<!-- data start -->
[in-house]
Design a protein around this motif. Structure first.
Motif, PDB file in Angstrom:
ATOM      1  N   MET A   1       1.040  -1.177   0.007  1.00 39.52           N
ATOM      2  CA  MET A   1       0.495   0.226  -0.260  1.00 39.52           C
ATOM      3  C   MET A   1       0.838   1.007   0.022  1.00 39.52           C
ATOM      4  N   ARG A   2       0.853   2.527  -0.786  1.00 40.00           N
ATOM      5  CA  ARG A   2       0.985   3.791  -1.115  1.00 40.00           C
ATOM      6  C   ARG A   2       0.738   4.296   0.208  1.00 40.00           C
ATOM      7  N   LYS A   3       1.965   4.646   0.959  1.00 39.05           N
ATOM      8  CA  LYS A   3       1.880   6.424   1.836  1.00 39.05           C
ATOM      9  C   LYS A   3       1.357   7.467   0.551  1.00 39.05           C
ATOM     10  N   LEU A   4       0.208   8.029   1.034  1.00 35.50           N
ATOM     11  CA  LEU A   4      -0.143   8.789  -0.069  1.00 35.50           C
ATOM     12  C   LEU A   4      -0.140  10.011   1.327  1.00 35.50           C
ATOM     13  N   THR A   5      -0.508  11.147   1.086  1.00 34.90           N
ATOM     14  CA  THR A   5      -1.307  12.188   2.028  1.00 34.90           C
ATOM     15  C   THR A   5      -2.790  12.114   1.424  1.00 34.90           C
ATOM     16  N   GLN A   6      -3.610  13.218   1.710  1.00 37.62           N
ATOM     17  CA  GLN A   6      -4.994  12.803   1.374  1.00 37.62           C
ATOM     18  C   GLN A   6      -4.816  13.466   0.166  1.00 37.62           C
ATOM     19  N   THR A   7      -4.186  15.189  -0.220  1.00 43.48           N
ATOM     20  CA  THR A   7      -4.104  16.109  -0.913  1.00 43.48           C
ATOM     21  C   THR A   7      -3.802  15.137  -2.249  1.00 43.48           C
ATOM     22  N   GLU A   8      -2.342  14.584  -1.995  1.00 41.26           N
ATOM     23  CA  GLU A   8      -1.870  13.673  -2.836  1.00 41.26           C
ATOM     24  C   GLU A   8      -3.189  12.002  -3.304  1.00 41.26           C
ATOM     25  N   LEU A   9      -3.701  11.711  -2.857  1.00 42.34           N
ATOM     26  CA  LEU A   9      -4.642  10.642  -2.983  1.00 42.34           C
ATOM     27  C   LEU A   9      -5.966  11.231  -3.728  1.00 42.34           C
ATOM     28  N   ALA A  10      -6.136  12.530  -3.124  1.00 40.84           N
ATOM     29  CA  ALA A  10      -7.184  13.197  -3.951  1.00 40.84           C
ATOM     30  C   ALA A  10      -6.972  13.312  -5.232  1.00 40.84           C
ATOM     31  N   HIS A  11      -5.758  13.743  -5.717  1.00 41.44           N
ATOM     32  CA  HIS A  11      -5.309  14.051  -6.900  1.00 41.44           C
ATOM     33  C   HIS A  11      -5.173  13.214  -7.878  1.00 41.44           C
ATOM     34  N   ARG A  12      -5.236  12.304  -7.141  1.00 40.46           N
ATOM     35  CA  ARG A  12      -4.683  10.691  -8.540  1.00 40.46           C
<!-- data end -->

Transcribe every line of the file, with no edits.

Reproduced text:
[in-house]
Design a protein around this motif. Structure first.
Motif, PDB file in Angstrom:
ATOM      1  N   MET A   1       1.040  -1.177   0.007  1.00 39.52           N
ATOM      2  CA  MET A   1       0.495   0.226  -0.260  1.00 39.52           C
ATOM      3  C   MET A   1       0.838   1.007   0.022  1.00 39.52           C
ATOM      4  N   ARG A   2       0.853   2.527  -0.786  1.00 40.00           N
ATOM      5  CA  ARG A   2       0.985   3.791  -1.115  1.00 40.00           C
ATOM      6  C   ARG A   2       0.738   4.296   0.208  1.00 40.00           C
ATOM      7  N   LYS A   3       1.965   4.646   0.959  1.00 39.05           N
ATOM      8  CA  LYS A   3       1.880   6.424   1.836  1.00 39.05           C
ATOM      9  C   LYS A   3       1.357   7.467   0.551  1.00 39.05           C
ATOM     10  N   LEU A   4       0.208   8.029   1.034  1.00 35.50           N
ATOM     11  CA  LEU A   4      -0.143   8.789  -0.069  1.00 35.50           C
ATOM     12  C   LEU A   4      -0.140  10.011   1.327  1.00 35.50           C
ATOM     13  N   THR A   5      -0.508  11.147   1.086  1.00 34.90           N
ATOM     14  CA  THR A   5      -1.307  12.188   2.028  1.00 34.90           C
ATOM     15  C   THR A   5      -2.790  12.114   1.424  1.00 34.90           C
ATOM     16  N   GLN A   6      -3.610  13.218   1.710  1.00 37.62           N
ATOM     17  CA  GLN A   6      -4.994  12.803   1.374  1.00 37.62           C
ATOM     18  C   GLN A   6      -4.816  13.466   0.166  1.00 37.62           C
ATOM     19  N   THR A   7      -4.186  15.189  -0.220  1.00 43.48           N
ATOM     20  CA  THR A   7      -4.104  16.109  -0.913  1.00 43.48           C
ATOM     21  C   THR A   7      -3.802  15.137  -2.249  1.00 43.48           C
ATOM     22  N   GLU A   8      -2.342  14.584  -1.995  1.00 41.26           N
ATOM     23  CA  GLU A   8      -1.870  13.673  -2.836  1.00 41.26           C
ATOM     24  C   GLU A   8      -3.189  12.002  -3.304  1.00 41.26           C
ATOM     25  N   LEU A   9      -3.701  11.711  -2.857  1.00 42.34           N
ATOM     26  CA  LEU A   9      -4.642  10.642  -2.983  1.00 42.34           C
ATOM     27  C   LEU A   9      -5.966  11.231  -3.728  1.00 42.34           C
ATOM     28  N   ALA A  10      -6.136  12.530  -3.124  1.00 40.84           N
ATOM     29  CA  ALA A  10      -7.184  13.197  -3.951  1.00 40.84           C
ATOM     30  C   ALA A  10      -6.972  13.312  -5.232  1.00 40.84           C
ATOM     31  N   HIS A  11      -5.758  13.743  -5.717  1.00 41.44           N
ATOM     32  CA  HIS A  11      -5.309  14.051  -6.900  1.00 41.44           C
ATOM     33  C   HIS A  11      -5.173  13.214  -7.878  1.00 41.44           C
ATOM     34  N   ARG A  12      -5.236  12.304  -7.141  1.00 40.46           N
ATOM     35  CA  ARG A  12      -4.683  10.691  -8.540  1.00 40.46           C